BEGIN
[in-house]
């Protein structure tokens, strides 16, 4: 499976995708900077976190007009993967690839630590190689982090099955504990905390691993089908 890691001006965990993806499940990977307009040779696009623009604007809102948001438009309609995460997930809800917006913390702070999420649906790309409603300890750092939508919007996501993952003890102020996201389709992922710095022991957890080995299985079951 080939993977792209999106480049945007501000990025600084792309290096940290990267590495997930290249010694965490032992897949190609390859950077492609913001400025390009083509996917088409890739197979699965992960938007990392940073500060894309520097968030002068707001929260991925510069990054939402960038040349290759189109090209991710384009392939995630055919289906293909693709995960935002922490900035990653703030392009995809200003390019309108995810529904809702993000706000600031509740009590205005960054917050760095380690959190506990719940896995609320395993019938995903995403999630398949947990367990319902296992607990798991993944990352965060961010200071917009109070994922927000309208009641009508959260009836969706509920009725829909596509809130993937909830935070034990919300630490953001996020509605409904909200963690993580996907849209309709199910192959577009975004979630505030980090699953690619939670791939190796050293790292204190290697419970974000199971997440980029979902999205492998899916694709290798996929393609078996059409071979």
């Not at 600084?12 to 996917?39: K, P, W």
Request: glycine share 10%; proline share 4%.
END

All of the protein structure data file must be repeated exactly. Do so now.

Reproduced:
[in-house]
């Protein structure tokens, strides 16, 4: 499976995708900077976190007009993967690839630590190689982090099955504990905390691993089908 890691001006965990993806499940990977307009040779696009623009604007809102948001438009309609995460997930809800917006913390702070999420649906790309409603300890750092939508919007996501993952003890102020996201389709992922710095022991957890080995299985079951 080939993977792209999106480049945007501000990025600084792309290096940290990267590495997930290249010694965490032992897949190609390859950077492609913001400025390009083509996917088409890739197979699965992960938007990392940073500060894309520097968030002068707001929260991925510069990054939402960038040349290759189109090209991710384009392939995630055919289906293909693709995960935002922490900035990653703030392009995809200003390019309108995810529904809702993000706000600031509740009590205005960054917050760095380690959190506990719940896995609320395993019938995903995403999630398949947990367990319902296992607990798991993944990352965060961010200071917009109070994922927000309208009641009508959260009836969706509920009725829909596509809130993937909830935070034990919300630490953001996020509605409904909200963690993580996907849209309709199910192959577009975004979630505030980090699953690619939670791939190796050293790292204190290697419970974000199971997440980029979902999205492998899916694709290798996929393609078996059409071979």
């Not at 600084?12 to 996917?39: K, P, W």
Request: glycine share 10%; proline share 4%.